Senior Obama adviser Ben Rhodes called McConnell’s actions “staggeringly partisan and unpatriotic”. After the election, Mr Obama imposed sanctions.

Mr Trump said: “And I heard that they were trying, or people were trying, to hack into the RNC too. The Republican National Committee. But we had much better defences. I’ve been told that by a number of people. We had much better defences, so they couldn’t.

“I think the DNC [Democratic National Committee] should be ashamed of themselves for allowing themselves to be hacked. They had bad defences and they were able to be hacked.”

Russian activity

US intelligence chiefs have said the Trump administration is not doing enough to counter continuing Russian activity. On Saturday, homeland security secretary Kirstjen Nielsen told a gathering of state secretaries of state there were no signs Russia was targeting the 2018 midterms at the “scale and scope” of two years ago.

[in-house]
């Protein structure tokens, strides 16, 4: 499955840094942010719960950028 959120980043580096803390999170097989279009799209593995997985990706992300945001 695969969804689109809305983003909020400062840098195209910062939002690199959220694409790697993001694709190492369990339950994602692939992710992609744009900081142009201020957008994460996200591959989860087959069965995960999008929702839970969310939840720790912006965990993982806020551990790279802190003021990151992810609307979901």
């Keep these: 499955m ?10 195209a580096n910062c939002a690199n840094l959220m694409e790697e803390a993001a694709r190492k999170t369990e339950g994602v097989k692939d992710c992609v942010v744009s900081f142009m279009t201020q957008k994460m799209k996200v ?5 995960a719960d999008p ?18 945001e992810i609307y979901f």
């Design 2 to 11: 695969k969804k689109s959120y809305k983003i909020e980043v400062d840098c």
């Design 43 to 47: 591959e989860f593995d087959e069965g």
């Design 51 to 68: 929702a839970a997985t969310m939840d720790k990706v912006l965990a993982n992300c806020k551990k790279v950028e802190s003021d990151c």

After the indictments were announced, Democrats called for the cancellation of the Helsinki summit, hugely controversial already given Mr Trump’s plan to meet Mr Putin with only translators present.

Mark Warner, ranking Democrat on the Senate intelligence committee, told CNN’s State of the Union on Sunday he was “stunned that this president will not call out Putin’s bad behaviour” and worried that Mr Putin would “take advantage of this president” and extract significant concessions.

Mr Trump defended his decision. “I think it’s a good thing to meet,” he said. “I believe that having a meeting with Chairman Kim was a good thing. I think having meetings with the president of China was a very good thing, so having meetings with Russia, China, North Korea, I believe in it. Nothing bad is going to come out of it, and maybe some good will come out.”

But Mr Trump and Mr Bolton both sought to lower any expectations of serious results in Helsinki. The president told CBS he was “not going with high expectations”. Mr Bolton told ABC the White House was “not looking for concrete deliverables”.

He said: “It’s very important that the president has a one-on-one conversation with president Putin, and that’s how this is going to start off.”–Guardian Service